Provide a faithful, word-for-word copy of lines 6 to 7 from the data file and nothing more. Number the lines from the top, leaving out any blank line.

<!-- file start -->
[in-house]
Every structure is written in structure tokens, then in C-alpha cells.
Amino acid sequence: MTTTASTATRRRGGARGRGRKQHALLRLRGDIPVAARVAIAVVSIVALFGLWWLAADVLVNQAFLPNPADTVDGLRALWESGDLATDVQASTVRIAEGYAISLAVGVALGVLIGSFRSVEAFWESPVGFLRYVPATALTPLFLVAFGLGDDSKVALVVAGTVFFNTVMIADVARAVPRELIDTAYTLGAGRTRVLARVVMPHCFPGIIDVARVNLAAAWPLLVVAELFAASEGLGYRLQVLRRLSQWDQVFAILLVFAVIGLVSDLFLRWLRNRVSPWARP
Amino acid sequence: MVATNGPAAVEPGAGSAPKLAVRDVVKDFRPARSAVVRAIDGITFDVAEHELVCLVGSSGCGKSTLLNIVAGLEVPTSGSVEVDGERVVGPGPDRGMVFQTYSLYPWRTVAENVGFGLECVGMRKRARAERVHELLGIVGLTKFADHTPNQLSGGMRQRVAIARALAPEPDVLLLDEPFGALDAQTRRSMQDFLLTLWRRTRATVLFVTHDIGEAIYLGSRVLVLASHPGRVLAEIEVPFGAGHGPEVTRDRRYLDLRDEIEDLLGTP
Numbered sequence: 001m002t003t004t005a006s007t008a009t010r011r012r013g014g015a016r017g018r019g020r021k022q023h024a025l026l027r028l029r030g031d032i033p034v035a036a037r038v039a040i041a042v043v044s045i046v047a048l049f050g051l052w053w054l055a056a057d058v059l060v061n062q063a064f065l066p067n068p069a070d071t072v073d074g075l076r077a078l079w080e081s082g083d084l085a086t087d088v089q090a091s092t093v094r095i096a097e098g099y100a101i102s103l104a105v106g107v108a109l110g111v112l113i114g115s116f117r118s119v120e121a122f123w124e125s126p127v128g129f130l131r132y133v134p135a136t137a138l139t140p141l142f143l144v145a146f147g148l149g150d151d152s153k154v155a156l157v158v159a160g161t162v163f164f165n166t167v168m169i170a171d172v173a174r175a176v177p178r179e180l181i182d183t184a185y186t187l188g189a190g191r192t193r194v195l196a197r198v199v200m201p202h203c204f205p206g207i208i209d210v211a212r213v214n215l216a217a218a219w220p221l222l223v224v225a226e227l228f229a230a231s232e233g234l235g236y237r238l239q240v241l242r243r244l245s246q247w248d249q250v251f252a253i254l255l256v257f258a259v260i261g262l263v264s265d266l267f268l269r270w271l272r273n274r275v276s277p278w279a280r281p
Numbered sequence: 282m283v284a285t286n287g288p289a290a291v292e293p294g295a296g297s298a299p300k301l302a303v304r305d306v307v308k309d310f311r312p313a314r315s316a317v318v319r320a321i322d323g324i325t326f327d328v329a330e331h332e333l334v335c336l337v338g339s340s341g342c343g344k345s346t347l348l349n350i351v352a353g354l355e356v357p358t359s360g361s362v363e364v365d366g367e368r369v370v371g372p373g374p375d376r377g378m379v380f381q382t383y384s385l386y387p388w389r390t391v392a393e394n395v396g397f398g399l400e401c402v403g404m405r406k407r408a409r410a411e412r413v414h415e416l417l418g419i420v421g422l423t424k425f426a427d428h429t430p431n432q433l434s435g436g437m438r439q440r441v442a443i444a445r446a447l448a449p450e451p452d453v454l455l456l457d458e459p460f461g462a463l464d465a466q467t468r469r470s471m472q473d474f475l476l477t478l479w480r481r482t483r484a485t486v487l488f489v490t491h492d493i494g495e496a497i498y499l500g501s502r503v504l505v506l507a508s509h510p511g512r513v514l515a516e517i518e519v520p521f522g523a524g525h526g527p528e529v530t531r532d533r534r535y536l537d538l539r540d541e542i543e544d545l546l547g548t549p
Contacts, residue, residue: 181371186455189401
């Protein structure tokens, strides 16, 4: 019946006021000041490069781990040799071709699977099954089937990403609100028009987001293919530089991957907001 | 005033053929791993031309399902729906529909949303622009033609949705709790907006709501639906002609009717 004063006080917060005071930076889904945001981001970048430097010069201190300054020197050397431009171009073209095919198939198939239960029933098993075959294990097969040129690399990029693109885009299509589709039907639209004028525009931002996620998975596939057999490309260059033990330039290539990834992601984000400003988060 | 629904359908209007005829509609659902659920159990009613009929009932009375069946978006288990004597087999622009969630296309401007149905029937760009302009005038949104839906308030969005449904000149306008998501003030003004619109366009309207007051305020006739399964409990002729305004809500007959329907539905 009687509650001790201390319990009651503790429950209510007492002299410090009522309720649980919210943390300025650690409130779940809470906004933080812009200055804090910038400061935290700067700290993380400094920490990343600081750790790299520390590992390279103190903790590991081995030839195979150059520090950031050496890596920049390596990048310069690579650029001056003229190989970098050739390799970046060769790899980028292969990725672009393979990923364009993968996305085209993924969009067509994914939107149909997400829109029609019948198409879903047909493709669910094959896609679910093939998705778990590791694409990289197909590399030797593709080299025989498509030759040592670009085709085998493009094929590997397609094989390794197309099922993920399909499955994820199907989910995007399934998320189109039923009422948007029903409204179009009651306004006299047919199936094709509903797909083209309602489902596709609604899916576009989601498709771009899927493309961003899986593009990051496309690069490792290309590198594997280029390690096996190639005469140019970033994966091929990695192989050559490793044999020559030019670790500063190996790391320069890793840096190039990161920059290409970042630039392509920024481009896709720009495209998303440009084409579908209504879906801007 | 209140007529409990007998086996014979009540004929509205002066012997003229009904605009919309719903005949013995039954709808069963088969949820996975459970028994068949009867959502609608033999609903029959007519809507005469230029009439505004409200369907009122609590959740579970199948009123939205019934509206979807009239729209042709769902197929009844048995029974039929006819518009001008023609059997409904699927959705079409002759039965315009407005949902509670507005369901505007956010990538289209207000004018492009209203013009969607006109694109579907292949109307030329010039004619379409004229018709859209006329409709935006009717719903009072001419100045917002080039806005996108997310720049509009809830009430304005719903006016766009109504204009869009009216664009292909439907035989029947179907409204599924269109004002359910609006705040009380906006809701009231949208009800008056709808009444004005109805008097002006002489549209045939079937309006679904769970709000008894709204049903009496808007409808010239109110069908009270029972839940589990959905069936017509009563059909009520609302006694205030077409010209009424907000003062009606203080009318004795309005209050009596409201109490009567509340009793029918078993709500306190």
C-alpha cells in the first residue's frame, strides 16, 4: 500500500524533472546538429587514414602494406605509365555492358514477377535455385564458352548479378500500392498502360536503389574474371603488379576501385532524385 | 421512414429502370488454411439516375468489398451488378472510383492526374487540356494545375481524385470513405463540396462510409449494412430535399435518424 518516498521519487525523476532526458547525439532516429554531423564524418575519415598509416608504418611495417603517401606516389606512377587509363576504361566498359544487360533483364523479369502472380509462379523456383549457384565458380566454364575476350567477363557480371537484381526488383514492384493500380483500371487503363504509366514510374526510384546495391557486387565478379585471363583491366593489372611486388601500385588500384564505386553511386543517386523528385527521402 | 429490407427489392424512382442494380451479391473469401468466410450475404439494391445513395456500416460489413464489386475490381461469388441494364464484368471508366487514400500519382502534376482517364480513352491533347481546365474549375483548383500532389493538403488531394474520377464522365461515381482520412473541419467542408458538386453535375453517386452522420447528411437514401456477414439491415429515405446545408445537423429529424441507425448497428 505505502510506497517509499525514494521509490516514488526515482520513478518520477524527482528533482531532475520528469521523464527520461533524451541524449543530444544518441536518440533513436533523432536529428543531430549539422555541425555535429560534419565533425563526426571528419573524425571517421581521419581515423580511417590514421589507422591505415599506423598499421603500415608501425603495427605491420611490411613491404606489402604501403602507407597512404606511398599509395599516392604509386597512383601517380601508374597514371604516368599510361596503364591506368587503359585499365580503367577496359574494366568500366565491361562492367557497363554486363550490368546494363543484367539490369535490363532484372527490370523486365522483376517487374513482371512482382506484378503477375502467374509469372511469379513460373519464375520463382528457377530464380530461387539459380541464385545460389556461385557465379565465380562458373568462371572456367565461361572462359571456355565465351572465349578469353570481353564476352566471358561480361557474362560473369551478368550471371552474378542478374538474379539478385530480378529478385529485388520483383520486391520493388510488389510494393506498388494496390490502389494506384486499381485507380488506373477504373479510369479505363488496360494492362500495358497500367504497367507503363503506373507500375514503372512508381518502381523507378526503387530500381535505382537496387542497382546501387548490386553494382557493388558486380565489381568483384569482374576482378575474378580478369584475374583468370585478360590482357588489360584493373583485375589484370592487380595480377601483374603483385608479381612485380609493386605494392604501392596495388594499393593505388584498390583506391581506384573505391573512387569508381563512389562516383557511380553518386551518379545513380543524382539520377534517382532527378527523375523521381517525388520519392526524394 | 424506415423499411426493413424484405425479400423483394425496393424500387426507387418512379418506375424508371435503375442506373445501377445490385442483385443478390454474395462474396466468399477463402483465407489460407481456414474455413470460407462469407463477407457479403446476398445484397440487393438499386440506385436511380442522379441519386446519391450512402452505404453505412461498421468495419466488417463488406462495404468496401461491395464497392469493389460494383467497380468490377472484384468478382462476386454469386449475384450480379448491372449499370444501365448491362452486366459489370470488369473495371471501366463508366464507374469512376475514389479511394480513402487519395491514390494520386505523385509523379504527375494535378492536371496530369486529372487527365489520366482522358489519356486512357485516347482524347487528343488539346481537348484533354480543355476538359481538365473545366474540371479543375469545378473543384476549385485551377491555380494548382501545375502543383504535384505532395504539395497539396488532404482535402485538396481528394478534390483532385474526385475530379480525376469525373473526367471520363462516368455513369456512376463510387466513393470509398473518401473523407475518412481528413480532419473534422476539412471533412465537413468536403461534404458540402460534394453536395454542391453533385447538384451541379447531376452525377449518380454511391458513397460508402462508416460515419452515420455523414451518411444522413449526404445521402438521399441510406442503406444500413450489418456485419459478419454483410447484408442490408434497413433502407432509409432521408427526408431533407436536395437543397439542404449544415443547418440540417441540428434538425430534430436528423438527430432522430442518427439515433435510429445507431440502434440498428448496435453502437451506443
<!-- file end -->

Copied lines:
Numbered sequence: 282m283v284a285t286n287g288p289a290a291v292e293p294g295a296g297s298a299p300k301l302a303v304r305d306v307v308k309d310f311r312p313a314r315s316a317v318v319r320a321i322d323g324i325t326f327d328v329a330e331h332e333l334v335c336l337v338g339s340s341g342c343g344k345s346t347l348l349n350i351v352a353g354l355e356v357p358t359s360g361s362v363e364v365d366g367e368r369v370v371g372p373g374p375d376r377g378m379v380f381q382t383y384s385l386y387p388w389r390t391v392a393e394n395v396g397f398g399l400e401c402v403g404m405r406k407r408a409r410a411e412r413v414h415e416l417l418g419i420v421g422l423t424k425f426a427d428h429t430p431n432q433l434s435g436g437m438r439q440r441v442a443i444a445r446a447l448a449p450e451p452d453v454l455l456l457d458e459p460f461g462a463l464d465a466q467t468r469r470s471m472q473d474f475l476l477t478l479w480r481r482t483r484a485t486v487l488f489v490t491h492d493i494g495e496a497i498y499l500g501s502r503v504l505v506l507a508s509h510p511g512r513v514l515a516e517i518e519v520p521f522g523a524g525h526g527p528e529v530t531r532d533r534r535y536l537d538l539r540d541e542i543e544d545l546l547g548t549p
Contacts, residue, residue: 181371186455189401